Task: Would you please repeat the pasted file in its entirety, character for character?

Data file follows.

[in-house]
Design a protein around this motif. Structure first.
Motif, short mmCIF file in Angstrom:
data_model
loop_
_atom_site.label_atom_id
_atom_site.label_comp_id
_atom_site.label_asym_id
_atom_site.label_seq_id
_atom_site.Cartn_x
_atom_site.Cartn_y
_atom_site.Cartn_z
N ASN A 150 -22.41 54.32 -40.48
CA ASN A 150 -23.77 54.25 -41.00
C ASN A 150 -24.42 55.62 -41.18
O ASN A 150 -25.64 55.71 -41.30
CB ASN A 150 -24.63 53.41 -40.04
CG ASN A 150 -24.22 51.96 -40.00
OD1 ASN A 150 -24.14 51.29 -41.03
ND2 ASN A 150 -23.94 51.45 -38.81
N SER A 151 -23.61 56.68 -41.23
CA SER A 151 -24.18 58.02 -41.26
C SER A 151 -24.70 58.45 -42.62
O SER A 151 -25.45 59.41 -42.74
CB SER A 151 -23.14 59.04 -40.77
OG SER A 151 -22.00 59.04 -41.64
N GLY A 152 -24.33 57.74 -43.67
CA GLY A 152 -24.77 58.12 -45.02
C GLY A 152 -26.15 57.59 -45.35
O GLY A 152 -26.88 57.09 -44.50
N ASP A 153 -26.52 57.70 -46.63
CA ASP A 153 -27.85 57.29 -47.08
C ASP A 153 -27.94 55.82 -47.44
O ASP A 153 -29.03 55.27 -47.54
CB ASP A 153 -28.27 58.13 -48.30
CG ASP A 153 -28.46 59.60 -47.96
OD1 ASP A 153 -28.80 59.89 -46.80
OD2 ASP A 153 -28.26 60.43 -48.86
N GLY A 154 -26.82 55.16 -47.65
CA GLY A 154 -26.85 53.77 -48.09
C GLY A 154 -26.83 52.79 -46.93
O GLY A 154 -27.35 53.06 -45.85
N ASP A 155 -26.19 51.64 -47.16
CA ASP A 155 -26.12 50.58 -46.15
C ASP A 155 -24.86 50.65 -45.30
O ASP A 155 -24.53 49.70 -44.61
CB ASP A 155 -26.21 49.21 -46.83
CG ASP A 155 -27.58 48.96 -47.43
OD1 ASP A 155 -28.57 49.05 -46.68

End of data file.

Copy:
[in-house]
Design a protein around this motif. Structure first.
Motif, short mmCIF file in Angstrom:
data_model
loop_
_atom_site.label_atom_id
_atom_site.label_comp_id
_atom_site.label_asym_id
_atom_site.label_seq_id
_atom_site.Cartn_x
_atom_site.Cartn_y
_atom_site.Cartn_z
N ASN A 150 -22.41 54.32 -40.48
CA ASN A 150 -23.77 54.25 -41.00
C ASN A 150 -24.42 55.62 -41.18
O ASN A 150 -25.64 55.71 -41.30
CB ASN A 150 -24.63 53.41 -40.04
CG ASN A 150 -24.22 51.96 -40.00
OD1 ASN A 150 -24.14 51.29 -41.03
ND2 ASN A 150 -23.94 51.45 -38.81
N SER A 151 -23.61 56.68 -41.23
CA SER A 151 -24.18 58.02 -41.26
C SER A 151 -24.70 58.45 -42.62
O SER A 151 -25.45 59.41 -42.74
CB SER A 151 -23.14 59.04 -40.77
OG SER A 151 -22.00 59.04 -41.64
N GLY A 152 -24.33 57.74 -43.67
CA GLY A 152 -24.77 58.12 -45.02
C GLY A 152 -26.15 57.59 -45.35
O GLY A 152 -26.88 57.09 -44.50
N ASP A 153 -26.52 57.70 -46.63
CA ASP A 153 -27.85 57.29 -47.08
C ASP A 153 -27.94 55.82 -47.44
O ASP A 153 -29.03 55.27 -47.54
CB ASP A 153 -28.27 58.13 -48.30
CG ASP A 153 -28.46 59.60 -47.96
OD1 ASP A 153 -28.80 59.89 -46.80
OD2 ASP A 153 -28.26 60.43 -48.86
N GLY A 154 -26.82 55.16 -47.65
CA GLY A 154 -26.85 53.77 -48.09
C GLY A 154 -26.83 52.79 -46.93
O GLY A 154 -27.35 53.06 -45.85
N ASP A 155 -26.19 51.64 -47.16
CA ASP A 155 -26.12 50.58 -46.15
C ASP A 155 -24.86 50.65 -45.30
O ASP A 155 -24.53 49.70 -44.61
CB ASP A 155 -26.21 49.21 -46.83
CG ASP A 155 -27.58 48.96 -47.43
OD1 ASP A 155 -28.57 49.05 -46.68